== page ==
- Taschenbuch: 477 Seiten
- Verlag: Manning; Auflage: 2. (28. Mai 2014)
- Sprache: Englisch
- ISBN-10: 1617291412
- ISBN-13: 978-1617291418
- Größe und/oder Gewicht: 18,7 x 2,7 x 23,2 cm
- Durchschnittliche Kundenbewertung: 1 Kundenrezension
- Amazon Bestseller-Rang: Nr. 46.617 in Fremdsprachige Bücher (Siehe Top 100 in Fremdsprachige Bücher)
The Joy of Clojure (Englisch) Taschenbuch – 28. Mai 2014
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Über den Autor und weitere Mitwirkende
Michael Fogus is a programmer in the DC area specializing in artificial intelligence, compilation, code generation, and distributed simulation systems. He is also a contributor to the Clojure and ClojureScript programming languages and author of various Clojure-contrib libraries.
Chris Houser is a software developer at LonoCloud. His lifelong passion for programming began when he was a child and drives him to continue learning and exploring new languages today. He's currently a primary contributor to Clojure and has implemented several features for the language.
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Might be hard for beginnend though. Since it's a lot about how clojure solves problems that arise in other languages you can only appreciate this if you allready know these other languages.
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I've definitely found myself having to reread sections here and there, but overall the pace does a good job of letting things sink in. You'll definitely do best if you fire up a REPL and play around while you read.
I've definitely seen enough of Clojure to want to use it for real projects. The trick is figuring out how to get the company and rest of the team comfortable enough to make the switch!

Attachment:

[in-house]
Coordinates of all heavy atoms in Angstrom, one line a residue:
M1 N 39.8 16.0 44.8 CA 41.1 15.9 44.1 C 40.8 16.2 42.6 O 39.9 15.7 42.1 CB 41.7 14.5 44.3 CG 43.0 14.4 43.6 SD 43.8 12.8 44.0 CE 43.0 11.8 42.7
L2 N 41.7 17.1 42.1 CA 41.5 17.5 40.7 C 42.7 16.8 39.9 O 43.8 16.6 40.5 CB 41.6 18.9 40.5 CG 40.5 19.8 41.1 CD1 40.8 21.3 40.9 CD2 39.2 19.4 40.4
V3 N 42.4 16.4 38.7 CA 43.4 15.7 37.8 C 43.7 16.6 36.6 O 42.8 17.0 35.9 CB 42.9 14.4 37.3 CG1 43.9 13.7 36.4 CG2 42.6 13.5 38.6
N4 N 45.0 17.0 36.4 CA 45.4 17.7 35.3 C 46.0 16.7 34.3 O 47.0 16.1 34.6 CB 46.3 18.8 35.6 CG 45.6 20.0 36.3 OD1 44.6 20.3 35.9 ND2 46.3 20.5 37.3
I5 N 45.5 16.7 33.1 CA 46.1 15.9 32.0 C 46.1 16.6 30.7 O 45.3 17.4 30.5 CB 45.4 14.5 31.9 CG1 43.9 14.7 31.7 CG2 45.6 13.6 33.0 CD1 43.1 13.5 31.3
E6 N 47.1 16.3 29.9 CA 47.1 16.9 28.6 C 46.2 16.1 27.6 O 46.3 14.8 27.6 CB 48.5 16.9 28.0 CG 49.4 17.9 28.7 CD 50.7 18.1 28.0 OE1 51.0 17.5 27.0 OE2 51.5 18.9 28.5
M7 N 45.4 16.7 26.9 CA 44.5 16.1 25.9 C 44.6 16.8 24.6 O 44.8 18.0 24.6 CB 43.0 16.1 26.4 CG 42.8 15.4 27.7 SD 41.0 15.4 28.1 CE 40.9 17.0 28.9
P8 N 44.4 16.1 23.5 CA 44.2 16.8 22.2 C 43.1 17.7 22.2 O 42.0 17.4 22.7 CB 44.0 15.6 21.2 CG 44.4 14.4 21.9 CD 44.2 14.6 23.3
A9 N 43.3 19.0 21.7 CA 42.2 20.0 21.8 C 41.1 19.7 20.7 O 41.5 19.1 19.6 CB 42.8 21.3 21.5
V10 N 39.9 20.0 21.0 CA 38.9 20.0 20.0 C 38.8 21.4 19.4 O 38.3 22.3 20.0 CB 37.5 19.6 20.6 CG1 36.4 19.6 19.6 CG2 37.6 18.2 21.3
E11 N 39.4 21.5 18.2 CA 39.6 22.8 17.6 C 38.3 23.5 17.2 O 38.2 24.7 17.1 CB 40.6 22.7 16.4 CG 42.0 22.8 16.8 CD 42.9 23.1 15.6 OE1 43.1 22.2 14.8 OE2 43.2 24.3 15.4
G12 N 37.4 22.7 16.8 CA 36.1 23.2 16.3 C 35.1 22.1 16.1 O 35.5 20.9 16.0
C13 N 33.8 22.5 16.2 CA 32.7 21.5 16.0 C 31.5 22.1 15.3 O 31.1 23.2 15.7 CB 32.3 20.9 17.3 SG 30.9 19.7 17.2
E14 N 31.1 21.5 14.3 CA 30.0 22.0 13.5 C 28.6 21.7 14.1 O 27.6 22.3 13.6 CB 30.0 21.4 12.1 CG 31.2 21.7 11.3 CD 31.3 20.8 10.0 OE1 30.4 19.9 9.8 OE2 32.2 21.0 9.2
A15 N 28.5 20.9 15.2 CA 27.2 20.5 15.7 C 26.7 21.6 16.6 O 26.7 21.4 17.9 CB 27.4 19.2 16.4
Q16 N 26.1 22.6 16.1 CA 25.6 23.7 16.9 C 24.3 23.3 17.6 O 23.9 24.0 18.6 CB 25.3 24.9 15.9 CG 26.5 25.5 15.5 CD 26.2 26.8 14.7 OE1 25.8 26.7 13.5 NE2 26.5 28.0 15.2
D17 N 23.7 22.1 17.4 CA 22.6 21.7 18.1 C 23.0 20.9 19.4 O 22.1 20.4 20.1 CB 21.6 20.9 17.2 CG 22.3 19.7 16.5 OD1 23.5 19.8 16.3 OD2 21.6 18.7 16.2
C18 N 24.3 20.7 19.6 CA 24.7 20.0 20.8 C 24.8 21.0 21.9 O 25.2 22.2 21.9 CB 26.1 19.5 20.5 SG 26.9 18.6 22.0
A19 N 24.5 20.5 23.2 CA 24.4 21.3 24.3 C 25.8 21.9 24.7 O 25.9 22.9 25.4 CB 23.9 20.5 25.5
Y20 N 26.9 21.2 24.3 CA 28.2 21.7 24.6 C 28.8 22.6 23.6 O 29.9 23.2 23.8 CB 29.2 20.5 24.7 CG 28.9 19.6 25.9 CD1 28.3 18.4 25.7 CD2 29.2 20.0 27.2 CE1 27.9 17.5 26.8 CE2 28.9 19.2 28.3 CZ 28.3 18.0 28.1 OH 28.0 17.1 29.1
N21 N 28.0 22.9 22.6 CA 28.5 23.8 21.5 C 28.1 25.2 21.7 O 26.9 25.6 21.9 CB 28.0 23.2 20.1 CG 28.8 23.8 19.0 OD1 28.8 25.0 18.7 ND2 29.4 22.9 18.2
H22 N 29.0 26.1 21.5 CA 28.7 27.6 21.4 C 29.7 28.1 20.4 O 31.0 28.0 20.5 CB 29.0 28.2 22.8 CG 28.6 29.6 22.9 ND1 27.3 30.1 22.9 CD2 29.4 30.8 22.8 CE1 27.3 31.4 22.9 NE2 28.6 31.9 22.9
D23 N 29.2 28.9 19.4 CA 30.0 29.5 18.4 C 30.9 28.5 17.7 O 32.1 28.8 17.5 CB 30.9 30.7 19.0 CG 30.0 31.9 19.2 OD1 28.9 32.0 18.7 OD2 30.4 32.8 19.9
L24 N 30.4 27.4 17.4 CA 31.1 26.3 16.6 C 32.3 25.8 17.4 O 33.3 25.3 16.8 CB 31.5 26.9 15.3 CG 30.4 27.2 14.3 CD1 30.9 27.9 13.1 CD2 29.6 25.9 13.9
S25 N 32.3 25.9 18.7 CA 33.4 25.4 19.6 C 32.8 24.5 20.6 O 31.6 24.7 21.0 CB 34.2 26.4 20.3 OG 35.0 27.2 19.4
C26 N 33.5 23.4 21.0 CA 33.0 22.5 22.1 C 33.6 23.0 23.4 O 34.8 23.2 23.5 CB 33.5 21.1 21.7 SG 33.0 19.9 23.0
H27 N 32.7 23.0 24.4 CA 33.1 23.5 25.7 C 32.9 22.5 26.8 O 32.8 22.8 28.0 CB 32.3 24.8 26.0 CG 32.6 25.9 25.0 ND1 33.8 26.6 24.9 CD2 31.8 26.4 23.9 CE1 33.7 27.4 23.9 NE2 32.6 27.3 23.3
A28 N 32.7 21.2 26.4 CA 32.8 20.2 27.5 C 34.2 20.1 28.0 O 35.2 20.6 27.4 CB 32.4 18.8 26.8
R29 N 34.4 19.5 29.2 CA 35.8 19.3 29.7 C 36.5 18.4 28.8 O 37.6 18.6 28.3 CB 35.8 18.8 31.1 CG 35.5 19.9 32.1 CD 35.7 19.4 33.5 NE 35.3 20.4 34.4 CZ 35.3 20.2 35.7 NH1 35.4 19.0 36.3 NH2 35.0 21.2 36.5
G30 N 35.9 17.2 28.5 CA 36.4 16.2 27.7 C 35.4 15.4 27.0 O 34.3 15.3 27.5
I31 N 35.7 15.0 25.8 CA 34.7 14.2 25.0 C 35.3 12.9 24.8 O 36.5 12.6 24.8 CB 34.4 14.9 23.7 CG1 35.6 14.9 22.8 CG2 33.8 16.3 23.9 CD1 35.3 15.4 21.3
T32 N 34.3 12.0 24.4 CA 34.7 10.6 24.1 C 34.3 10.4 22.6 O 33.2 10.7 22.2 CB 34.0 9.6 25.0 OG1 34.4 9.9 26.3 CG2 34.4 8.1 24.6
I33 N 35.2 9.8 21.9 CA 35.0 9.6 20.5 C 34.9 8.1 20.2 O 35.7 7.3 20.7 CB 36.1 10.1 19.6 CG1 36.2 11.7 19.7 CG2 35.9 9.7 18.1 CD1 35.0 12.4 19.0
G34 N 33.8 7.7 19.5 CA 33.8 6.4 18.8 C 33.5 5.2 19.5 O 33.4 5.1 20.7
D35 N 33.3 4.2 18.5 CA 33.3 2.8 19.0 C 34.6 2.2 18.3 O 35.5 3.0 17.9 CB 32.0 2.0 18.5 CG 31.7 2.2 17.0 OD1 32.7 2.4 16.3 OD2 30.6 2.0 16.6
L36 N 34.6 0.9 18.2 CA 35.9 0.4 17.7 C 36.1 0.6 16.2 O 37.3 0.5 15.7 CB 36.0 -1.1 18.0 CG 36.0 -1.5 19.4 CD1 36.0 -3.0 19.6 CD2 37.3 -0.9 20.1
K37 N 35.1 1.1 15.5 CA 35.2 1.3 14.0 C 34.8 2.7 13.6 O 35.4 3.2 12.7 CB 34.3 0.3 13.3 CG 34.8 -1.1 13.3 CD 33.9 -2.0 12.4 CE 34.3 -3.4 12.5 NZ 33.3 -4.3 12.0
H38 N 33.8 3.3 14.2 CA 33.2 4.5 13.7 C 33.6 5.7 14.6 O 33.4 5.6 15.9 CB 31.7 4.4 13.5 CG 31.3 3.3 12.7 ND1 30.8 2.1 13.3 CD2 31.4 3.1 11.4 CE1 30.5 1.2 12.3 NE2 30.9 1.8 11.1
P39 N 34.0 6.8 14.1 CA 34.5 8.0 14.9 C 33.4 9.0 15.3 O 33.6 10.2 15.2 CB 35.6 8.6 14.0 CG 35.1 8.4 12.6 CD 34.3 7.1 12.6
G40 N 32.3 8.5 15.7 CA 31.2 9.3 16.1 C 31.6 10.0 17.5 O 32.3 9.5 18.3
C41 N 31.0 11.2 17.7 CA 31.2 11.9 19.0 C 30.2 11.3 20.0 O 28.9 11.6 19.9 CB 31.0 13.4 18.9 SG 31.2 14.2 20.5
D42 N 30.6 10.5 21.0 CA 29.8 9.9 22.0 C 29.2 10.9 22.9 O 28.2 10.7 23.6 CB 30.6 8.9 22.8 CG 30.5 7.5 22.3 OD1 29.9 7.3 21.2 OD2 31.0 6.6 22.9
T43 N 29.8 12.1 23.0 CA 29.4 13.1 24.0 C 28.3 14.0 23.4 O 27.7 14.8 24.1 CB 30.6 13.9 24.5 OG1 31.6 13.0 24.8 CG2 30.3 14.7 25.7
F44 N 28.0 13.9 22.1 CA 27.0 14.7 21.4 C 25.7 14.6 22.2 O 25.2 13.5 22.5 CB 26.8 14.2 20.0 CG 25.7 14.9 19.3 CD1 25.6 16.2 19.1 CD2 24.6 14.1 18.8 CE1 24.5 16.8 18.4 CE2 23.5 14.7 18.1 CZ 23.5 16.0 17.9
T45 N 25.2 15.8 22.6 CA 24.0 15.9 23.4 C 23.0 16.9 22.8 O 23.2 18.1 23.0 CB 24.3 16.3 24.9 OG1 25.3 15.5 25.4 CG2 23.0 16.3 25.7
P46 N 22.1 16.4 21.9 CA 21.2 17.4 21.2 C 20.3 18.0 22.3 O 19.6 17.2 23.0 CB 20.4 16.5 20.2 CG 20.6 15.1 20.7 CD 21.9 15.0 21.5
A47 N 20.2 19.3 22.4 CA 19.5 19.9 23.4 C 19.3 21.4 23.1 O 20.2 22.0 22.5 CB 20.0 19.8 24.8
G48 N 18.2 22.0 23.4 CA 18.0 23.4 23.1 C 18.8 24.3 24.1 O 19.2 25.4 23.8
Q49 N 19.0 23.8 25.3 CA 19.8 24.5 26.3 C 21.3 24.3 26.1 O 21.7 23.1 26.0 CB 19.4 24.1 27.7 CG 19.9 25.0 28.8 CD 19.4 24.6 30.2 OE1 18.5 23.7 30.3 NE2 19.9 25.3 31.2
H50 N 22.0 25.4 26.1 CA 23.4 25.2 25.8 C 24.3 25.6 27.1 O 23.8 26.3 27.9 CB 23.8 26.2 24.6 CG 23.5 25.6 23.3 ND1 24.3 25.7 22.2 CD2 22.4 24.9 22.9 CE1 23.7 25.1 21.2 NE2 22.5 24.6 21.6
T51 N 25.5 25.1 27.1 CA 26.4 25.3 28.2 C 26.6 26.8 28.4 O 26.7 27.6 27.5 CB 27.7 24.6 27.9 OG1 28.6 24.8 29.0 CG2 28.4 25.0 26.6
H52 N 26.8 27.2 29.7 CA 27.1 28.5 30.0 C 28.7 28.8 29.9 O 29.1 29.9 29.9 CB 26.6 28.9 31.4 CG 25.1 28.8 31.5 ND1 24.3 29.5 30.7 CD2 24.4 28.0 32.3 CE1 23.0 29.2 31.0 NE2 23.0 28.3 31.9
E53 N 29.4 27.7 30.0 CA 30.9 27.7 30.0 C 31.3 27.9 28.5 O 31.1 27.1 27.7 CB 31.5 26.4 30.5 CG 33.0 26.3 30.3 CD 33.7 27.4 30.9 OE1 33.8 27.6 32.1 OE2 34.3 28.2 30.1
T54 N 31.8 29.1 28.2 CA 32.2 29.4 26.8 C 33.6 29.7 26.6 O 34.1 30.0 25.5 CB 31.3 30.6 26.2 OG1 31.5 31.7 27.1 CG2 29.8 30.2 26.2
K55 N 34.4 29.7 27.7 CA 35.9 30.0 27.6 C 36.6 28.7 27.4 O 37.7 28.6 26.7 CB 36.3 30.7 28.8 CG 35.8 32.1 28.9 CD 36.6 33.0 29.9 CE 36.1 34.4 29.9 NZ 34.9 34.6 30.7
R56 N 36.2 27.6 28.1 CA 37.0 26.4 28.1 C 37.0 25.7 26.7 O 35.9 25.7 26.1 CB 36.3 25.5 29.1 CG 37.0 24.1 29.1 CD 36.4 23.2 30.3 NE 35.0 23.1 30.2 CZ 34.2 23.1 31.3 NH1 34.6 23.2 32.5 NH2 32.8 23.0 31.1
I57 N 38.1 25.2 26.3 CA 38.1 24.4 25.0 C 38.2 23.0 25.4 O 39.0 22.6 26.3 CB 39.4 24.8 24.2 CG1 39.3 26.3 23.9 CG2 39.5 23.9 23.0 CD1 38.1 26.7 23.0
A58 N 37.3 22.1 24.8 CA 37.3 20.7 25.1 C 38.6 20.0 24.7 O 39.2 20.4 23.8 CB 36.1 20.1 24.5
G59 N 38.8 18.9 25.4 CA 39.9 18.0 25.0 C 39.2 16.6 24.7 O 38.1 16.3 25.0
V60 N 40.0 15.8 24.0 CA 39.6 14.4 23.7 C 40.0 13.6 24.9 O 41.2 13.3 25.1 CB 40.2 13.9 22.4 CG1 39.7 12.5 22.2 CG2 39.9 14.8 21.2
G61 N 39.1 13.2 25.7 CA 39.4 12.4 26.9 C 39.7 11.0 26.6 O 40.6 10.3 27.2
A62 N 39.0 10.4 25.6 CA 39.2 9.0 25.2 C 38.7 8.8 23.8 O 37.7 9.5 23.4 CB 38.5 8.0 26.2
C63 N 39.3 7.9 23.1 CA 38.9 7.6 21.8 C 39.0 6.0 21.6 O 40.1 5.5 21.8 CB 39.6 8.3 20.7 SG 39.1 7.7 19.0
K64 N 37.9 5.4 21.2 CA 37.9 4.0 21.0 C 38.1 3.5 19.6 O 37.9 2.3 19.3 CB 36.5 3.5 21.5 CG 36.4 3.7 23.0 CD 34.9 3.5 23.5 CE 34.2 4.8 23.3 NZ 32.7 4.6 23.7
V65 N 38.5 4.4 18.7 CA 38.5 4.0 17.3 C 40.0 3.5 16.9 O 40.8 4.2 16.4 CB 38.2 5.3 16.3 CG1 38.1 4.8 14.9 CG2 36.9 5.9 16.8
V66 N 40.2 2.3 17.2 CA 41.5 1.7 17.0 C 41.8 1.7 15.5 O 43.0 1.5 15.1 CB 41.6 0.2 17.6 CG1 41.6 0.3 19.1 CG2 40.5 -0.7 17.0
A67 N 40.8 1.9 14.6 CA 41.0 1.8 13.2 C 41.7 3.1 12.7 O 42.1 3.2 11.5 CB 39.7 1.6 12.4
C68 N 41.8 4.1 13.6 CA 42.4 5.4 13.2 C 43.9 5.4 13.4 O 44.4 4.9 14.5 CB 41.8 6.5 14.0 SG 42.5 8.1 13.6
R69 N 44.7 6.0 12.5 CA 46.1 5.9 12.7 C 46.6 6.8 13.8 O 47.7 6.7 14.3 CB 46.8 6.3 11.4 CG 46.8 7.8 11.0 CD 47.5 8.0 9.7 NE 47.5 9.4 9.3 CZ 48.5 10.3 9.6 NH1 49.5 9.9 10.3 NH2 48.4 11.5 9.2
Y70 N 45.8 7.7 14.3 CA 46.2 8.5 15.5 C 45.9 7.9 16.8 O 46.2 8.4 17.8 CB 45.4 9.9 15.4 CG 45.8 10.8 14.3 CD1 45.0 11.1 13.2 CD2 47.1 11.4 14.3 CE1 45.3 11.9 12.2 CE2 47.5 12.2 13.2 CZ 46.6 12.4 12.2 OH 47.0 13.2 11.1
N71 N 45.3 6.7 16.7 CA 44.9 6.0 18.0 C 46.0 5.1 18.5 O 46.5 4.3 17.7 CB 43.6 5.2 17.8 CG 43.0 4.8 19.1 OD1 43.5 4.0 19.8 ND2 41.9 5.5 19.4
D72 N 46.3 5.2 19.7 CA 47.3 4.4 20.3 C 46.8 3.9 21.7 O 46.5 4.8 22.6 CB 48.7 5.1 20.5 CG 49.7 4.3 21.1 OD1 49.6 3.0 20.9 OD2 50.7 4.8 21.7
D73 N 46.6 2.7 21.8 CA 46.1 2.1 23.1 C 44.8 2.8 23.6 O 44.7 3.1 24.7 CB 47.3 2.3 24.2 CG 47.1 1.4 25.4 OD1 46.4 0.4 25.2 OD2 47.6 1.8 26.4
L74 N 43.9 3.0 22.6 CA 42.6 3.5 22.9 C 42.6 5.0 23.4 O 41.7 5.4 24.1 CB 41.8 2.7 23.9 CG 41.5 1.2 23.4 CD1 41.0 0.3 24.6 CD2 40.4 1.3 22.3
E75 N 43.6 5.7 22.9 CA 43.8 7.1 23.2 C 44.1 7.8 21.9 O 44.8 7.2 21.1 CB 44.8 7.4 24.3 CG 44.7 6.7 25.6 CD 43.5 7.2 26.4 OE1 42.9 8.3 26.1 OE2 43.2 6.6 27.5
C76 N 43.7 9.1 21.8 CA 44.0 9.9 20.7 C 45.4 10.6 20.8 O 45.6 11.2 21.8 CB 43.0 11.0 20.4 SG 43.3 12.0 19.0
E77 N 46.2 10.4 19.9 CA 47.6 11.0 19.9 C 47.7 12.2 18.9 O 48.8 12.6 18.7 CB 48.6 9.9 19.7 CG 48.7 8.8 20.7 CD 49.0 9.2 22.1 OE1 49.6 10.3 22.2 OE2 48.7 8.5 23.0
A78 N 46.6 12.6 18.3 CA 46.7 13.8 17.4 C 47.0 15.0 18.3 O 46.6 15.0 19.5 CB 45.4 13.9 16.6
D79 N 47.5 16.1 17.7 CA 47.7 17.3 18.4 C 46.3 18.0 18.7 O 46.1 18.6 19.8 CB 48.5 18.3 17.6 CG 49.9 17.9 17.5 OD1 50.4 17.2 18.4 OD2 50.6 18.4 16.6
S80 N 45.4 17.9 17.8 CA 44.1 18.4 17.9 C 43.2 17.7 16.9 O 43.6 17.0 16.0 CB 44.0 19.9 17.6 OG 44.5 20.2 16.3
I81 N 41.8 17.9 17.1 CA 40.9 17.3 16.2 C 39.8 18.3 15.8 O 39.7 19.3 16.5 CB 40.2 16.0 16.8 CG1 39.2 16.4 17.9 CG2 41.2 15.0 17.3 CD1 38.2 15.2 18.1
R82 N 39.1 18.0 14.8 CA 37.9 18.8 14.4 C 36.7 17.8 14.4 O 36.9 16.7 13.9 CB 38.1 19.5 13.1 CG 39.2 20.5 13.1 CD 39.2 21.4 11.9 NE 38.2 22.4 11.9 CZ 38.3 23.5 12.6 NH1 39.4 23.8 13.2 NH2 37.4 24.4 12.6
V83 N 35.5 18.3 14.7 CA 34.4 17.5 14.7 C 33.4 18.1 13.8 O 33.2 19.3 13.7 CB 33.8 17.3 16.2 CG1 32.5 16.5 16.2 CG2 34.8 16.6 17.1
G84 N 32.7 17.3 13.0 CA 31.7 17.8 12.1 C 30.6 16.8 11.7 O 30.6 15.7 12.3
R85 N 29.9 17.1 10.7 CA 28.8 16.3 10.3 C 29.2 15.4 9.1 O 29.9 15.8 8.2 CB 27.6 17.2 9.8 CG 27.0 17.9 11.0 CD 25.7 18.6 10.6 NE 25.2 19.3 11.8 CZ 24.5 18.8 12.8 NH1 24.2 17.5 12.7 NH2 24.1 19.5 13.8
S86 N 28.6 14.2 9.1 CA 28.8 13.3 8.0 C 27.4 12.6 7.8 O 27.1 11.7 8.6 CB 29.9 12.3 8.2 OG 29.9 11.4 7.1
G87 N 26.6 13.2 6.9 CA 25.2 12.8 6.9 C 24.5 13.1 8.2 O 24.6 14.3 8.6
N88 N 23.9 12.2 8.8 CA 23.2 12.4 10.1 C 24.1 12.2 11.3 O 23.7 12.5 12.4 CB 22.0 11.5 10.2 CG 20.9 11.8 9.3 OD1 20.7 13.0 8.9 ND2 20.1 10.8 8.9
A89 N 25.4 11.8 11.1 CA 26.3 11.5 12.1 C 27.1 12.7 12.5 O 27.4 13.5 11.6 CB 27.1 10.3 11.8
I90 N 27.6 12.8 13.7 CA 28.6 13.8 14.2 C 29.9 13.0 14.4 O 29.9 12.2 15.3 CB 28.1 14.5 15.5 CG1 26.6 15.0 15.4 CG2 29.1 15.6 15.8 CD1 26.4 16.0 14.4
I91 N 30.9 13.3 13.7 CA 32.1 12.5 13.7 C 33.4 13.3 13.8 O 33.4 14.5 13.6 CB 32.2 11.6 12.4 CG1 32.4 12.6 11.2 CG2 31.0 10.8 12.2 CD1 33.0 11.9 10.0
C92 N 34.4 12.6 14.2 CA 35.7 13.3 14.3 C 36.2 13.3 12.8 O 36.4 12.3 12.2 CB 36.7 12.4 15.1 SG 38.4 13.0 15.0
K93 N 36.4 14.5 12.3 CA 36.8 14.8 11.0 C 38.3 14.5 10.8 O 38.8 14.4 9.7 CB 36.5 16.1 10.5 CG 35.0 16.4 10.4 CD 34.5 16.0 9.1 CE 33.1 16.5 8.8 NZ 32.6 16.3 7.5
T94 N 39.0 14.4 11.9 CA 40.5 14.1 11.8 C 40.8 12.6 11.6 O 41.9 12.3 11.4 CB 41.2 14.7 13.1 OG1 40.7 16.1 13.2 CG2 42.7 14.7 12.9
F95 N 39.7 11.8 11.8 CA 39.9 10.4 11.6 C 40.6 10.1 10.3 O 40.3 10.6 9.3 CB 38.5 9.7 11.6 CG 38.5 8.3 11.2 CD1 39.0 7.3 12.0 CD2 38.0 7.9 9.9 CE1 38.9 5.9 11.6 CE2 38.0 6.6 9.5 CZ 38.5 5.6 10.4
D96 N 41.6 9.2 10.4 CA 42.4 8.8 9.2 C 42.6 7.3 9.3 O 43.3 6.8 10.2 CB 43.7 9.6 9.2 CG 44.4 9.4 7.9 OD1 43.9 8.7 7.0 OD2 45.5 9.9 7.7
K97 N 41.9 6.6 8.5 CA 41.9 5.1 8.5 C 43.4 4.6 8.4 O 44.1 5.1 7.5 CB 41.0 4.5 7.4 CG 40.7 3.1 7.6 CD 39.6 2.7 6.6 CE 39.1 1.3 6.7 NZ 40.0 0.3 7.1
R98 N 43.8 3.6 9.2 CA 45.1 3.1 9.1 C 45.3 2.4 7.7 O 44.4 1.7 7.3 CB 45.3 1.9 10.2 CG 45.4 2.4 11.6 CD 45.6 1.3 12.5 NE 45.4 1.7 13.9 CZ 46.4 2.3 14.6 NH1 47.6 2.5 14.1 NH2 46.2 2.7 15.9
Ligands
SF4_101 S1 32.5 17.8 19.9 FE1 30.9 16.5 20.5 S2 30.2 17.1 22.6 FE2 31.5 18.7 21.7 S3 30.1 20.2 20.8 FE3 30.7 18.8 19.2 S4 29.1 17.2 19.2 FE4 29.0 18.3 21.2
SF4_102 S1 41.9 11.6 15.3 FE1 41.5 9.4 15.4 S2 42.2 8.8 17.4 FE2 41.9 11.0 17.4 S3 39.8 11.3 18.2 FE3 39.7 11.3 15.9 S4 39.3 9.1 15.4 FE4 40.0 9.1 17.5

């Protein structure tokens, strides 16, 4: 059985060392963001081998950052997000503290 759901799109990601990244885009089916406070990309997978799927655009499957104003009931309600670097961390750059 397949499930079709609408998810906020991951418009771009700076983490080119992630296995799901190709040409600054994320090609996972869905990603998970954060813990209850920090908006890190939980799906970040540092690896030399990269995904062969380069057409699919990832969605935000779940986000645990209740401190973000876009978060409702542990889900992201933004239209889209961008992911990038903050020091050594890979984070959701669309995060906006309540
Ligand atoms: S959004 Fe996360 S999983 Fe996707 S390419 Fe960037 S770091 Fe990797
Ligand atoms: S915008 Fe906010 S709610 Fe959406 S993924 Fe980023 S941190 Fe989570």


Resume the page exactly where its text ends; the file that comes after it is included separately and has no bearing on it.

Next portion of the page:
The book attempts to introduce the reader to the basic subjects and build on them, however the authors instead use the introductory chapters as a way to preview 90% of the content that they are going to present later in the book, wax philosophical about those subjects as they are doing so, and finally break off with a "but I guess we'll actually tell you what we're talking about in chapter 10". It would have made more sense to leave the topics of chapter 10 in chapter 10 and to have saved the idle musing for a conclusion to chapter 10 rather than an introduction, 8 or 9 chapters earlier.
I think that the book could easily be amended to become a useful work for programmers of any level, without signifanctly removing nor rewriting any material, but simply by moving the location of content around into something more linear.
While I feel this book is complete and detailed in covering Clojure, it could possible be overwhelming to novice programmers.
If you are new to functional programming or have no programming experience, it's probably best to start with Part 3. If you get the concept of 'code as data' you will appreciate the rest of the material covered in the book.
What I found most useful from this book were the sections on Mutation, Concurrency and Parallelism. This is where the practicality of Clojure comes into play.
The updated 2nd edition includes lengthy coverage of ClojureScript which allows use of Clojure in web browsers and mobile devices.
Disclaimer: I was given a copy of the book by the publisher.